However, it wasn't what you called them, or what they called themselves that mattered. It was the sheer visibility that was so unsettling. Sure, there had always been Bohemians, but nobody gave them much mind until their numbers all of a sudden seemed to increase a thousandfold (thanks, no doubt, to post-World War II birth rates.) Difference had never loomed so large. The mainstream media could no longer treat it as a comedy side show. It WAS the serious issue of the day. In one respect, though, it still was a sideshow. They were freaks, as least as far as the non-freaks in the (soon-to-be prefixed as "Silent") Majority were concerned. Long hair on men was especially frowned upon. As was facial hair. Combine the two and you have what to 1967 Mainstream America would have resembled a bearded lady. That some of these strange, new people might differ from each other went unnoticed. Eventually, the hippies, Yippies, flower children, folkies, mods, Jesus freaks, back-to-nature hedonists, campus radicals, Weathermen, fugitives, hustlers, rioters, flag burners, bra burners, draft card burners, draft dodgers, doves, panhandlers, dope peddlers, Merry Pranksters, junkies, Transcendentalist Meditationists, Marrakesh backpackers, hitchhikers, organic farmers, communal dwellers, THE END IS NEAR (or NIGH) picketers, rock stars, rock concert promoters, sitar players, groupies, dee-jays, Sunset Strip go-go dancers, exhibitionists, Satanists, underground newspaper publishers, underground cartoonists, health store owners, head shop owners, cellar cafe owners, coffeehouse (but not coffee shop) owners, street performers, Off-Off-Broadway producers, avant-garde stage directors, experimental film directors, free-form poets, cut-up novelists, pop artists, potty-mouth comedians, Marvel superheroes, graffiti artists, New Journalists, public intellectuals (unless your last name happened to be Buckley), vegetarians, American Southwest desert nomads, gay liberationists, Maoists, Che Guevara admirers, Hell's Angels, Black Panthers, Black Muslims, dune buggy drivers, Volkswagen drivers, any Oregonians not employed by the logging industry, and last, but certainly not least, teenagers, were all filed (or lumped together) under a heading fraught with sociological meaning: The Counterculture.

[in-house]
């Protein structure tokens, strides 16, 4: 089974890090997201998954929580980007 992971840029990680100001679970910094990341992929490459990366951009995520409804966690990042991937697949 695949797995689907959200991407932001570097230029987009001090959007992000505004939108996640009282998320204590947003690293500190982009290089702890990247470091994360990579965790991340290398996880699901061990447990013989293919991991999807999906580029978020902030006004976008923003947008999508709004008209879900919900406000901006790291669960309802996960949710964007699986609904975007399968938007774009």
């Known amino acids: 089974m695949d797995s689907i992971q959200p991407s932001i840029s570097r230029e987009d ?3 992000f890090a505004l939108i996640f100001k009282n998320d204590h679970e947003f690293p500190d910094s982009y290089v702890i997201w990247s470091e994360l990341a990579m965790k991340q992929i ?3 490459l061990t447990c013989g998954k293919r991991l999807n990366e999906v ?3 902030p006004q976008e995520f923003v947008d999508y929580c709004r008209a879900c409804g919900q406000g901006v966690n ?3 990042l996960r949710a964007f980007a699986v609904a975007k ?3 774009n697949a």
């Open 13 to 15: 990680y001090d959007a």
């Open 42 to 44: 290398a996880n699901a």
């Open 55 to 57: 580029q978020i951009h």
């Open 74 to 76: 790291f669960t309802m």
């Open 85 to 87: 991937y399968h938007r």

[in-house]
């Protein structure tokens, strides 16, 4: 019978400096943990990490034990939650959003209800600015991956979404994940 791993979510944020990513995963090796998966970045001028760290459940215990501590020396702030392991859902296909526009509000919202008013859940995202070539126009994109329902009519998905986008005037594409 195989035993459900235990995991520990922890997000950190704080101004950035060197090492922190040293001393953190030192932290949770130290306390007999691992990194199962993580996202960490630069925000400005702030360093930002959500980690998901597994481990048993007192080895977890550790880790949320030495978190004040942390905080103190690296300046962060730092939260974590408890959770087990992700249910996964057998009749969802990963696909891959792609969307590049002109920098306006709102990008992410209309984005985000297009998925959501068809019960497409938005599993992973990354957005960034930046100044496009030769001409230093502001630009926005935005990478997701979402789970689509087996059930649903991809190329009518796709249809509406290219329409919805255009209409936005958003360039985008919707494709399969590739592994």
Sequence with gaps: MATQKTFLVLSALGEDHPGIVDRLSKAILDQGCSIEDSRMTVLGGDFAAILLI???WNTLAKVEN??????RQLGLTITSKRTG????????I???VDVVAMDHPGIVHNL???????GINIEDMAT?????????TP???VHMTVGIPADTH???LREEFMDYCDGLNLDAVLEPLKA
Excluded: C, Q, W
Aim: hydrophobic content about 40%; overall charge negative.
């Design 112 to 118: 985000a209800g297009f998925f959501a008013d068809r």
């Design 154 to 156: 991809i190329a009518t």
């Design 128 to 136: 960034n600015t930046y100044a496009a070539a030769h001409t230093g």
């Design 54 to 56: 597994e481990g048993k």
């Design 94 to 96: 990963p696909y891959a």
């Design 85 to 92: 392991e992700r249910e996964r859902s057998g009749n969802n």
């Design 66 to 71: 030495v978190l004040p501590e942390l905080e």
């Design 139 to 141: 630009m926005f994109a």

As I reread what I wrote, I see I left out a commonly used term of that era: Generation Gap, essentially the difference between teen or college-age kids and their parents on such matters as politics, morality, fashions, and what radio station the dial should be set on. If you're still not sure what the term means, watch just about any episode of All in the Family (the 1960s having spilled over into the '70s.) Is there still a Generation Gap? Maybe more of a cranny. I mean, kids still listen to different music than their parents. The reference points are still different. And a parent still may take offense if a member of the younger generation refers to one of their beloved movies or TV shows as "old". But it all lacks the sociological heft of the 1960s Gap. Back then parents felt THREATENED by youth culture. Today it's just a pain in the ass (as well as an irritating reminder that you're getting along in years and no longer "with it".) What I find funny is how often the middle-aged parent of today will nevertheless mimic the middle-aged parent of yesterday. More than once I've witnessed a father or mother born five or even ten years after the Summer of Love bitch and moan that "the kids these day are too wild. It's not like when I was young and we obeyed rules and blah, blah, blah..." The Gap has become routine, ritualized even, the complaints handed down from one generation to the next like an old heirloom. That original 1960s Generation Gap just seemed so much more vital, so much more urgent.
It's now also so much in the past:
So go celebrate the anniversary with an Early Bird Special. Especially if you've got the munchies.